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Dec. 29 2009 - 1:59 pm | 459 views | 0 recommendations | 19 comments

‘Eating Local’ Is Unethical

NEW YORK - JULY 11: Daphina Jacobs bags up fre...

Image by Getty Images via Daylife

The term ‘locavore’ is obnoxious both sonically and philosophically. That hasn’t stopped the self-styled ‘locavores’ from proliferating, however: scores of “locally sourced” restaurants and grocery stores have sprung up throughout the American landscape over the past decade. My former home of Portland, Oregon now boasts dozens of restaurants that loudly flaunt the “locally grown” products that they serve.

Like the wrongheaded veneration of “locally-owned businesses” however, the “eat local” movement is profoundly misguided. For “locavorism” is a thinly veiled cousin of tribalism and racism — two destructive phenomena that humans have struggled for thousands of years to repudiate.

The foundation of any ethical system – actually, the foundation of ethics, period – is is the premise that the interests of all people are worthy of equal consideration. This holds true whether we are related to said people, whether they are of the same race as us, whether they live in the same area, or, indeed, whether we have any consciousness of their existence at all. (Incidentally, this is also the philosophical basis for climate alarmism. After all, anti-global warming activists are taking steps that they hope will benefit the lives of people who have not even been born yet.) By formulating the first codes of ethics, classical philosophers repudiated tribalism, and its close relative, racism: that is, the noxious belief that some people, solely by virtue of their relation to us, are more deserving of consideration than others.

Yet it is precisely this form of tribalism that the “Eat Local” movement is based upon. ‘Locavorism’ encourages people to weigh the interests of their local farmers, cheesemakers, or ranchers over that of others. That is, solely because Farmer John happen to live near us, we should care more about him than Ma Kettle, who lives farther away. I currently reside in Santa Cruz, California. Thus, some would have me weigh the concerns of a farmer who happens to live somewhere on the Monterey Bay over those of a farmer who happens to live in Iowa.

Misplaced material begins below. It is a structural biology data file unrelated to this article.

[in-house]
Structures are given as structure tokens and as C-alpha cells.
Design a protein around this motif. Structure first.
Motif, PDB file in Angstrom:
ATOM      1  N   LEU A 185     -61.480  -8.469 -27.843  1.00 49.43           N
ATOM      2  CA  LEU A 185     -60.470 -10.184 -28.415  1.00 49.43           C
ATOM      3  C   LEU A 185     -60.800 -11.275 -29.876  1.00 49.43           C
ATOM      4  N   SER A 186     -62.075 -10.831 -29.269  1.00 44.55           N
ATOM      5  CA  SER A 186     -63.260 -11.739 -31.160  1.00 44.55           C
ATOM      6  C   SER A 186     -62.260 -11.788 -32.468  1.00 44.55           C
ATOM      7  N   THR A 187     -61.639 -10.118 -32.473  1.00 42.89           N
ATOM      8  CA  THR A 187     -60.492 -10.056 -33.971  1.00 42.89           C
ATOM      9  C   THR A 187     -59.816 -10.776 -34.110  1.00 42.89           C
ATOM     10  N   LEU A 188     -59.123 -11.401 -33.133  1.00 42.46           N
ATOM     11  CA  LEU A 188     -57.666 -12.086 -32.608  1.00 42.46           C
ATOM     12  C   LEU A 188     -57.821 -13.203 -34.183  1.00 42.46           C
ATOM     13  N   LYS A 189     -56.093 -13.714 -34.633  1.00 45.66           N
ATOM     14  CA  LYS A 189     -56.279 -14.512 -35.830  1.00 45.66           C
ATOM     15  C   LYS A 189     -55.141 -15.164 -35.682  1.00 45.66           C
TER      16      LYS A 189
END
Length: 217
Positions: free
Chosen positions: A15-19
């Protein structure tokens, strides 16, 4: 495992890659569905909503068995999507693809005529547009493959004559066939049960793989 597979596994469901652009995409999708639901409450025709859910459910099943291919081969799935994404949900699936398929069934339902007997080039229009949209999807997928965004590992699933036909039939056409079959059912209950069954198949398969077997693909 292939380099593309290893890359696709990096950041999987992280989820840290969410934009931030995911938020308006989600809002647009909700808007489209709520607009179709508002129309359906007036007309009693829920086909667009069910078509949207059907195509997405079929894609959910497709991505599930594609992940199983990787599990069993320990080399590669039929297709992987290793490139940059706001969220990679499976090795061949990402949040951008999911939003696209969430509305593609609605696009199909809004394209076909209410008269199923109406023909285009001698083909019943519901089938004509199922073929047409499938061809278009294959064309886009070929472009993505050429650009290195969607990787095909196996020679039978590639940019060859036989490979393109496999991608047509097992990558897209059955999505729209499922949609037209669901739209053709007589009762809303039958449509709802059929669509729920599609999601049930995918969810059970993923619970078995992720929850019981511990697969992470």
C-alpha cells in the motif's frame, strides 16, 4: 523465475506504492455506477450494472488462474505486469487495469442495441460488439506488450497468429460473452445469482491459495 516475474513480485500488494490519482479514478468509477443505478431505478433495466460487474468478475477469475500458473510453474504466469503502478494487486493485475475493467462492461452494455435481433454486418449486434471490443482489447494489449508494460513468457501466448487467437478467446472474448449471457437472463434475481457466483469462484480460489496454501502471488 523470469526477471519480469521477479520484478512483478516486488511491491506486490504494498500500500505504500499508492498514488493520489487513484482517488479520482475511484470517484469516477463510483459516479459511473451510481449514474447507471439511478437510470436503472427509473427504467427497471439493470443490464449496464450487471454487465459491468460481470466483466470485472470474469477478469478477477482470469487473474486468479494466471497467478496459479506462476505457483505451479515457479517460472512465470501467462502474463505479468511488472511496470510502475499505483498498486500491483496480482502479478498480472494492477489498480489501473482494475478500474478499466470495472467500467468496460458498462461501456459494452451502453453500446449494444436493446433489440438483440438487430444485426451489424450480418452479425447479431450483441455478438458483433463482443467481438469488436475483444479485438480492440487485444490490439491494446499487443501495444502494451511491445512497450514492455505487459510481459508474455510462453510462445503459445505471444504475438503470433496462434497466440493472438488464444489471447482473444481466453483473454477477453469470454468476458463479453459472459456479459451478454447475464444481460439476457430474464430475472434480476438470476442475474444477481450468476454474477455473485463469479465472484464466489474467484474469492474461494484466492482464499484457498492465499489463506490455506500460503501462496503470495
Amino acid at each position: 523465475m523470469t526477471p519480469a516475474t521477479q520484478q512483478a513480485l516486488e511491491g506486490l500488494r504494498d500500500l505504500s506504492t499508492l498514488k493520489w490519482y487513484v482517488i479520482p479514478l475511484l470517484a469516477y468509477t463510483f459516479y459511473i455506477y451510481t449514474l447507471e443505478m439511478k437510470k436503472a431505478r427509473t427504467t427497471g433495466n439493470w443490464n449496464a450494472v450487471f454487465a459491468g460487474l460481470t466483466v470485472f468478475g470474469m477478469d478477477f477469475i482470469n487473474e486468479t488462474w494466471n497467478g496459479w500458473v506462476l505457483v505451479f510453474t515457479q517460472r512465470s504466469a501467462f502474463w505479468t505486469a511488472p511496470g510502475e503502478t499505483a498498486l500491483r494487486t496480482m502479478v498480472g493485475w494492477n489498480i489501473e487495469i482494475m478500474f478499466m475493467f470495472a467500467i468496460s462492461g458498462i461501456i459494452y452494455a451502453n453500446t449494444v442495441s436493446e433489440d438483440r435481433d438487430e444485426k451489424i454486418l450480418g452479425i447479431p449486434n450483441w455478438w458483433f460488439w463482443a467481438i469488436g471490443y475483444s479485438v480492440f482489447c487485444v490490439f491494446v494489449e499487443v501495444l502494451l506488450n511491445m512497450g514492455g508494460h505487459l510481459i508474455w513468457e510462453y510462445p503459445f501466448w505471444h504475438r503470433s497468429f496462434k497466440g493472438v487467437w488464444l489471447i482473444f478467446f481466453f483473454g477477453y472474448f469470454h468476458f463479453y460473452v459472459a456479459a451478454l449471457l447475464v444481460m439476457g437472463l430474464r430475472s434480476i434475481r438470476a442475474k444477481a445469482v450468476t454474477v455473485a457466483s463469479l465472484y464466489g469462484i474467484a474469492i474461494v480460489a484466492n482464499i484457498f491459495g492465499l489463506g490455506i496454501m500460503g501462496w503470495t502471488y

This attitude hardly differs from tribalism and racism.

We’ve known for sometime that many Bobos are deeply suspicious of human progress. But I always assumed these fears were solely related to technological progress. Now we know many oppose ethical progress as well.


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  1. collapse expand

    Why wouldn’t you buy from someone you know over someone you don’t know? And what if you are black and the person you are buying locally from is white? Is it still akin to racism? And what if the local product is better than the one that can be bought from a major chain?

    Would you consider your own family deserving of more consideration that someone you don’t know? Or are you a “Do as I say, not as I do” type of person.

  2. collapse expand

    Good thing you live so far away from me, or it would be unethical next for me to read your work.

  3. collapse expand

    Mr. Epstein,

    “Eating Local” is not about favoring my local friendly over some more distant unknown farmer. It is about reducing GHG emissions. If I buy carrots from New Zealand, they have to be shipped half way around the world to get to me while if I buy a local carrot, the GHG emissions are but a fraction. There is also the chance the carrots would be fresher, an important detail to some “foodies”.

  4. collapse expand

    This is the most poorly researched piece that I have read in some time. The person with the above comment is absolutely right: eating locally is not about race or ideology, it’s common sense. People who are concerned with emmissions or environmental impact whatsoever will consider the sustainability of their food, which includes the transportation of it . Also, products (like honey) are more nutritional for people when they are cultivated in a persons immediate environment. If i am sick, I make a point of having local honey because the properties of the honey itself are more effective in helping me get well because the bees and the flowers reflect aspects of my environment that my immune system might be dealing with. Seriously, a really easy Google search would have pulled this stuff up. Duh, dude.

  5. collapse expand